I've seen and understand that Acid Arrow doesn't go against Spell Resistance, as shown here. But I have no clear idea for a basis of why this would be the case? Even if you were flinging the dart that is your focus, why wouldn't the magical acid be set against SR? You are not, for the record, the text of the spell states you conjure an arrow.
A creation spell manipulates matter to create an object or creature in the place the spellcaster designates (subject to the limits noted above). If the spell has a duration other than instantaneous, magic holds the creation together, and when the spell ends, the conjured creature or object vanishes without a trace. If the spell has an instantaneous duration, the created object or creature is merely assembled through magic. It lasts indefinitely and does not depend on magic for its existence.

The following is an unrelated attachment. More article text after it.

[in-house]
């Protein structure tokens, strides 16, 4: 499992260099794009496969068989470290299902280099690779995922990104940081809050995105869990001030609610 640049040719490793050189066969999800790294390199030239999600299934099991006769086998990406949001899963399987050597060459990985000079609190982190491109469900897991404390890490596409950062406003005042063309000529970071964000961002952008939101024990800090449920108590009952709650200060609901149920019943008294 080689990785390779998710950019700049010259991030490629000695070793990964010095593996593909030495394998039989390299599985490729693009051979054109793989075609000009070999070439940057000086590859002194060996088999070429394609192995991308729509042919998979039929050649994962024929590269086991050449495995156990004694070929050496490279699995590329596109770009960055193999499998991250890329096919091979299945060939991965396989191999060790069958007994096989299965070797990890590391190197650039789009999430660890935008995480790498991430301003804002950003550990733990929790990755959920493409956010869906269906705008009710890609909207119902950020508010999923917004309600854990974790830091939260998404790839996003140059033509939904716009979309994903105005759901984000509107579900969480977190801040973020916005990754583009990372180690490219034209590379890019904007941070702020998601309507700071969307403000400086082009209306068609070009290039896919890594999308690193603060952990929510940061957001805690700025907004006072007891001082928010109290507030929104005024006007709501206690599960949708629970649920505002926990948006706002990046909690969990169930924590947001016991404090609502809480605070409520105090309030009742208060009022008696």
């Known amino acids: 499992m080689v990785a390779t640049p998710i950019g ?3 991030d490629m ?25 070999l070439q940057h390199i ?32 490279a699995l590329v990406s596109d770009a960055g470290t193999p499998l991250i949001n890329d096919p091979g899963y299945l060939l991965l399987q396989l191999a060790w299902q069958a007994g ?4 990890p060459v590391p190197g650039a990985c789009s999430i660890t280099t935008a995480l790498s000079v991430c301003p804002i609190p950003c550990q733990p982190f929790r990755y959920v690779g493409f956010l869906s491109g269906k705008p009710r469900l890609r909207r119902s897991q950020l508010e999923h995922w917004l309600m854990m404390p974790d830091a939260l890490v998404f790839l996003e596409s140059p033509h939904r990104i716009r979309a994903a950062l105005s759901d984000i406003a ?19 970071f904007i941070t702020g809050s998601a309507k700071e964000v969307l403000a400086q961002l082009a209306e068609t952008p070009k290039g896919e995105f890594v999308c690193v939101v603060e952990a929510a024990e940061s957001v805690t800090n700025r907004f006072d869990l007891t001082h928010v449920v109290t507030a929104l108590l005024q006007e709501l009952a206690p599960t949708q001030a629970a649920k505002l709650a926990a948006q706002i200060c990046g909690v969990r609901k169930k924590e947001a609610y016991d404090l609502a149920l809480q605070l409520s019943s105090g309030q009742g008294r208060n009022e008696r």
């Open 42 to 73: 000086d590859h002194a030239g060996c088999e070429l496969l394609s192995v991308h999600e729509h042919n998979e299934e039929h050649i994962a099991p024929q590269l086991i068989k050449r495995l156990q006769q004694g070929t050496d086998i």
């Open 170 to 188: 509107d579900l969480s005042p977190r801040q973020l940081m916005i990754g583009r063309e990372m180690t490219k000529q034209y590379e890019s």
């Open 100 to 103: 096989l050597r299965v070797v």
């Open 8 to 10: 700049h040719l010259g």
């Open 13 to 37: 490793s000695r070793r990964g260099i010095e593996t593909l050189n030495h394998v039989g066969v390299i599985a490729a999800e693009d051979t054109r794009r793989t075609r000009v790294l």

The acid isn't actually magical. It's created via magic, and its existence is dependent on magic, but it is, itself, actual, real acid. To further hammer this point home, Spell Resistance has this to say about Conjuration spells:
These spells are usually not subject to spell resistance unless the spell conjures some form of energy. Spells that summon creatures or produce effects that function like creatures are not subject to spell resistance.